The results of the ethnic penalty are observable in various employment statistics and situations. The unemployment rates of immigrants are much higher than workers who do not have immigrant backgrounds. (276) This is especially the case for workers from Algeria, Morocco, and Tunisia. (277) The children of North African immigrants earn about 20 percent less than those of French natives. (278) Given the relatively low degree of earnings inequality in the French labor market as a whole, the ethnic disadvantage represents a large earnings penalty. The earnings disparities between second-generation immigrants from North Africa and other French citizens is largely attributable to the difficulties they experience in obtaining jobs. (279) Some of the barriers to the labor markets are caused by citizenship requirements for a number of public service jobs. (280) Social class distinctions, geographic isolation, and ethnic prejudice also limit employment opportunities for immigrants. (281) High levels of unemployment and overrepresentation in low-skilled jobs combine to lower the average earnings of immigrants as compared to French citizens. (282) In addition to unemployment, these groups also experience more frequent layoffs. Several studies show the descendants of North African immigrants are particularly susceptible to unemployment as a result of their over-representation in low-paying jobs that are subject to frequent layoffs. (283)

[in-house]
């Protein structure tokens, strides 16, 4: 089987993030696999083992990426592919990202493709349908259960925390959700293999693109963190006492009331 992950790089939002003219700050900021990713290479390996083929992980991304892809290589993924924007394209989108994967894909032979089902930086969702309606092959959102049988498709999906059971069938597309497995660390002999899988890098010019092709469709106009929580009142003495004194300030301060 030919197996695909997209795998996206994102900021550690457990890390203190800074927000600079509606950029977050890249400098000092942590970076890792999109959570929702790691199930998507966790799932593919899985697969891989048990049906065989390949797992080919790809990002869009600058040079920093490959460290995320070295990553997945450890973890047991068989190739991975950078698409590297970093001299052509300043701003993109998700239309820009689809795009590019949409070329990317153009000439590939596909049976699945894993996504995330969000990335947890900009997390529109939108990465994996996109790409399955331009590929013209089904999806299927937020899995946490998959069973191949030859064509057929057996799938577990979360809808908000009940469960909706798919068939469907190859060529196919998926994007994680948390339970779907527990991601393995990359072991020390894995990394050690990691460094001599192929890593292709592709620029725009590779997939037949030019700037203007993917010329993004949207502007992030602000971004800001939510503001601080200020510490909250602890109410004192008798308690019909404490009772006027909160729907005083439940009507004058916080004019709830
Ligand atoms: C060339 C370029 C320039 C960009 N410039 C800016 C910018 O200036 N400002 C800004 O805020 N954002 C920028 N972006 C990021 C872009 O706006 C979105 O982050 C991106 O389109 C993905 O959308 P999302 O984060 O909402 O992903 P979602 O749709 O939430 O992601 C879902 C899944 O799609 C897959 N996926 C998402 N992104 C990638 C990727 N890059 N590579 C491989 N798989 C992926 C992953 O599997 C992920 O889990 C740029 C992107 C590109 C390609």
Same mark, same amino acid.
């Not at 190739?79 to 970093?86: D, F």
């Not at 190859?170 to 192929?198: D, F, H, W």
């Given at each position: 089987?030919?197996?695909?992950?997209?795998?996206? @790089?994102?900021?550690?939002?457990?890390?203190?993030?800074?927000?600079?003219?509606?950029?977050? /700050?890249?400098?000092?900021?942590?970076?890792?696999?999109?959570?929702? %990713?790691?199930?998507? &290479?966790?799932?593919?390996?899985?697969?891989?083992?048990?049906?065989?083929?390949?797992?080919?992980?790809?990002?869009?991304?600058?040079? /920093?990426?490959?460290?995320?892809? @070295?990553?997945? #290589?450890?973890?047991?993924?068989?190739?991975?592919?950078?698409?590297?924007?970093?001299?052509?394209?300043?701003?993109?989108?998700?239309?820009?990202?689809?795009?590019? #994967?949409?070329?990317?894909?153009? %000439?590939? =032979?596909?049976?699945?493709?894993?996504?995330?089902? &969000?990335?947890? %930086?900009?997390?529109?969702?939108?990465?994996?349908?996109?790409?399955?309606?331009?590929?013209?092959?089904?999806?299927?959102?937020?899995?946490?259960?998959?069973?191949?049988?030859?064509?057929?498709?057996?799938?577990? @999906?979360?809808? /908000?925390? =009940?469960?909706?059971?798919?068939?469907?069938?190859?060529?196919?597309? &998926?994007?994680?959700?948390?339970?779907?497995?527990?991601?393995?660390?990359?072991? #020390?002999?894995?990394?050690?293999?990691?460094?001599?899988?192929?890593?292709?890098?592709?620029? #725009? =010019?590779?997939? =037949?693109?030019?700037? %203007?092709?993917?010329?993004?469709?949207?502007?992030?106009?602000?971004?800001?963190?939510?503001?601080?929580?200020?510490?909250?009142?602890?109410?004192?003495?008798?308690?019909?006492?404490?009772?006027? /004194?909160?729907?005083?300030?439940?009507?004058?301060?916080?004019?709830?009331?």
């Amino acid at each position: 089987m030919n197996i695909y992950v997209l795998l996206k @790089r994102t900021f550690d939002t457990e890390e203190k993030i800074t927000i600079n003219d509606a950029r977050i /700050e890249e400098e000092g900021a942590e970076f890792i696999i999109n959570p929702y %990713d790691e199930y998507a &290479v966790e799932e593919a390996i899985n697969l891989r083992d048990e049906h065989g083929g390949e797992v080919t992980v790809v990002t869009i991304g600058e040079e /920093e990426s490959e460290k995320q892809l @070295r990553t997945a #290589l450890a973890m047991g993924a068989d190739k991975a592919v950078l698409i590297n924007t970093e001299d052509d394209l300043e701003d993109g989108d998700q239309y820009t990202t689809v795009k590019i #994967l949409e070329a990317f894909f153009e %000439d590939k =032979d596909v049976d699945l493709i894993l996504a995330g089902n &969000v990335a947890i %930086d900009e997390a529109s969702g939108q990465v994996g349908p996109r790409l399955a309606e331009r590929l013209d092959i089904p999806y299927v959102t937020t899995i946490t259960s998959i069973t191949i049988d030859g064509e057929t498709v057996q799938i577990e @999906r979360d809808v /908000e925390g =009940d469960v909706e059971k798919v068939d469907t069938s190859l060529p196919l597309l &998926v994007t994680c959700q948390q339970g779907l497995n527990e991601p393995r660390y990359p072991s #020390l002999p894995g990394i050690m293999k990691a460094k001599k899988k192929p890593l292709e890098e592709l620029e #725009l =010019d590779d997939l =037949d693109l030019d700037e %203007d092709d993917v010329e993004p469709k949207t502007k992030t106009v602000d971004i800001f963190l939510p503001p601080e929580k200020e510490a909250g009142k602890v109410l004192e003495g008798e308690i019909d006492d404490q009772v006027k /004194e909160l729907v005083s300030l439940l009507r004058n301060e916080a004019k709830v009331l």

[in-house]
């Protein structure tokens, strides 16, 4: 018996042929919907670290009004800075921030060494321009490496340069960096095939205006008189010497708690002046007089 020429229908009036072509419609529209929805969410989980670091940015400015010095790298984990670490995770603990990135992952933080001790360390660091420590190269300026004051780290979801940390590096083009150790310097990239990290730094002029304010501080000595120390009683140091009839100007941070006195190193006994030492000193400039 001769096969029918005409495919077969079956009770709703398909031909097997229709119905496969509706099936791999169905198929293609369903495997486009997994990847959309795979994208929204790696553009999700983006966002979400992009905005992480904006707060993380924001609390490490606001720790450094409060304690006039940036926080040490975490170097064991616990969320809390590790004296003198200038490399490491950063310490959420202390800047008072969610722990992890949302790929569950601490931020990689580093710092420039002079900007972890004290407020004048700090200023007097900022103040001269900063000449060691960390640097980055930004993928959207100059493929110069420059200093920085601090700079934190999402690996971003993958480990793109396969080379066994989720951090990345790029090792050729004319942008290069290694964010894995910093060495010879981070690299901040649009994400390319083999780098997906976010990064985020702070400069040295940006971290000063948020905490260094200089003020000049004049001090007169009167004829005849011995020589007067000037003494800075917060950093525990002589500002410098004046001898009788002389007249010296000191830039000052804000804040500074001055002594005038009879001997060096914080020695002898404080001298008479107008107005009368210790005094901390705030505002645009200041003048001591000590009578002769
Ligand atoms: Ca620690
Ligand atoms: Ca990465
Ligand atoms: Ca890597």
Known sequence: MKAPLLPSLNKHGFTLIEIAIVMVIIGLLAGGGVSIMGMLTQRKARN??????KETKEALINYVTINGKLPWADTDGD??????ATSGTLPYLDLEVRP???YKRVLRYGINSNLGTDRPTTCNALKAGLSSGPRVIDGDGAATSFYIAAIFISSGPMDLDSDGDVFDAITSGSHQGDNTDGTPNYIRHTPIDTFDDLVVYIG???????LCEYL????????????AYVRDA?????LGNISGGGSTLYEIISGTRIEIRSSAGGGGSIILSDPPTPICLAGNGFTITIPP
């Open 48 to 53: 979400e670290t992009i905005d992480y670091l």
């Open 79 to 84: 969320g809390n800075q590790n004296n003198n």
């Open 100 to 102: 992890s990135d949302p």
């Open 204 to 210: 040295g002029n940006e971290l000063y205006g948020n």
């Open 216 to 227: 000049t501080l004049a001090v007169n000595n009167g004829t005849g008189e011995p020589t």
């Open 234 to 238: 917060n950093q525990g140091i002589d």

One of the main difficulties ethnic minority workers face is obtaining entry-level positions that lead to higher-level positions. In 2006, the Department of Research and Statistics (DARES) of the French Ministry of Labor commissioned the International Labor Office to study discriminatory employment practiced aimed at ethnic minorities in France.... (284) The "matched pair" study compared the treatment of individuals with carefully matched attributes (age, education, etc.) as they sought employment. (285) Surveys to collect data were conducted in Lille, Lyon, Marseille, Nantes, Paris, and Strasbourg. (286) The tests covered vacancy notices for low- and medium-skilled jobs in the hotel and restaurants sector; commerce; services to the public, communities, and enterprises; transportation; reception and secretarial services; health and social work; and building and public works. (287) In one test, the applicants who tested the vacancy notices were young French men and women at the early stages of their careers, of either North African, sub-Saharan, or French origin. (288) In another study, the International Labor Office sent two identical curricula vitae ("CV"s) to two hundred and fifty-eight employers, only bearing different candidate names. For example, one CV had a French first and last name; the other a North African name. The same address was given on both CVs. The first CV with the French name received seventy-five requests for an interview while the second received fourteen. (289)

These results taken together with other research has consistently found that immigrant origin has a distinct effect on labor market participation. (290) The disadvantages are reflected in a wide range of constraints that affect the chances of finding employment as well as the types of jobs available to immigrants. (291) These studies show widespread and persistent discrimination against workers with North and sub-Saharan Africa backgrounds. (292)


The academic performance of children of North and sub-Saharan African immigrants is consistently lower than that of their French counterparts. (293) The analysis in this section shows that teachers perceive ethnic minority students from immigrant backgrounds differently and less favorably than similarly situated students from French families. Teachers tend to focus on the classroom behavior of ethnic minority students rather than their academic potential. These documented attitudes can interfere with students' academic progress.